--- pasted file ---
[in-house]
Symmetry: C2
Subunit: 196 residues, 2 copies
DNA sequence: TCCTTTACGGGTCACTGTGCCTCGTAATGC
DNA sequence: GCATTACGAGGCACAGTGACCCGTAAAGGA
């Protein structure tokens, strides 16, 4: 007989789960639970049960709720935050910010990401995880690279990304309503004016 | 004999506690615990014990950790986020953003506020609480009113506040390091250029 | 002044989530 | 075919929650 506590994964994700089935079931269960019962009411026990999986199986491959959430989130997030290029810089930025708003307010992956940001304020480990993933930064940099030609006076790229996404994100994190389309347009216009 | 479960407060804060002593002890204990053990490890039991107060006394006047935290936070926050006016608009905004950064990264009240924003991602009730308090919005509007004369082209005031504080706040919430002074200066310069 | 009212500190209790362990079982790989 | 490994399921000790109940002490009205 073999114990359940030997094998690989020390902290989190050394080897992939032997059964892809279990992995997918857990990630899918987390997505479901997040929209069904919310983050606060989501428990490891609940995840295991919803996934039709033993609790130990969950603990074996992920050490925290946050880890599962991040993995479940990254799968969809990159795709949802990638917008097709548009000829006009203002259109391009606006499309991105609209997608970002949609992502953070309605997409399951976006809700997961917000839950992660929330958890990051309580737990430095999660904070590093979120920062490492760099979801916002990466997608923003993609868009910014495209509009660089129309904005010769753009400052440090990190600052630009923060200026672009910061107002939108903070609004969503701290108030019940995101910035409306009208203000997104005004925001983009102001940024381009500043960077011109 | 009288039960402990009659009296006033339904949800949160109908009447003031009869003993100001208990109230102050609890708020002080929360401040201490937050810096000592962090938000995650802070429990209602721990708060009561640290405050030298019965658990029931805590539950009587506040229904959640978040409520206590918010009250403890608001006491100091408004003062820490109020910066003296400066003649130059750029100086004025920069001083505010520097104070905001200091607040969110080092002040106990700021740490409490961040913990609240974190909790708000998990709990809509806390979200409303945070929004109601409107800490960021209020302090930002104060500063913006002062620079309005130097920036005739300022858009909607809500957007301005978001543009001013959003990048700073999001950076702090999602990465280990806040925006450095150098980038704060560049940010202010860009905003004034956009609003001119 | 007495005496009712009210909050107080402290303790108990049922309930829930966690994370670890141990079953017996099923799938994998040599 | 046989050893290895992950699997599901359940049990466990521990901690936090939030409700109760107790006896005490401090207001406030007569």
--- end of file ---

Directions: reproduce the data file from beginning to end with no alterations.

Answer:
[in-house]
Symmetry: C2
Subunit: 196 residues, 2 copies
DNA sequence: TCCTTTACGGGTCACTGTGCCTCGTAATGC
DNA sequence: GCATTACGAGGCACAGTGACCCGTAAAGGA
């Protein structure tokens, strides 16, 4: 007989789960639970049960709720935050910010990401995880690279990304309503004016 | 004999506690615990014990950790986020953003506020609480009113506040390091250029 | 002044989530 | 075919929650 506590994964994700089935079931269960019962009411026990999986199986491959959430989130997030290029810089930025708003307010992956940001304020480990993933930064940099030609006076790229996404994100994190389309347009216009 | 479960407060804060002593002890204990053990490890039991107060006394006047935290936070926050006016608009905004950064990264009240924003991602009730308090919005509007004369082209005031504080706040919430002074200066310069 | 009212500190209790362990079982790989 | 490994399921000790109940002490009205 073999114990359940030997094998690989020390902290989190050394080897992939032997059964892809279990992995997918857990990630899918987390997505479901997040929209069904919310983050606060989501428990490891609940995840295991919803996934039709033993609790130990969950603990074996992920050490925290946050880890599962991040993995479940990254799968969809990159795709949802990638917008097709548009000829006009203002259109391009606006499309991105609209997608970002949609992502953070309605997409399951976006809700997961917000839950992660929330958890990051309580737990430095999660904070590093979120920062490492760099979801916002990466997608923003993609868009910014495209509009660089129309904005010769753009400052440090990190600052630009923060200026672009910061107002939108903070609004969503701290108030019940995101910035409306009208203000997104005004925001983009102001940024381009500043960077011109 | 009288039960402990009659009296006033339904949800949160109908009447003031009869003993100001208990109230102050609890708020002080929360401040201490937050810096000592962090938000995650802070429990209602721990708060009561640290405050030298019965658990029931805590539950009587506040229904959640978040409520206590918010009250403890608001006491100091408004003062820490109020910066003296400066003649130059750029100086004025920069001083505010520097104070905001200091607040969110080092002040106990700021740490409490961040913990609240974190909790708000998990709990809509806390979200409303945070929004109601409107800490960021209020302090930002104060500063913006002062620079309005130097920036005739300022858009909607809500957007301005978001543009001013959003990048700073999001950076702090999602990465280990806040925006450095150098980038704060560049940010202010860009905003004034956009609003001119 | 007495005496009712009210909050107080402290303790108990049922309930829930966690994370670890141990079953017996099923799938994998040599 | 046989050893290895992950699997599901359940049990466990521990901690936090939030409700109760107790006896005490401090207001406030007569």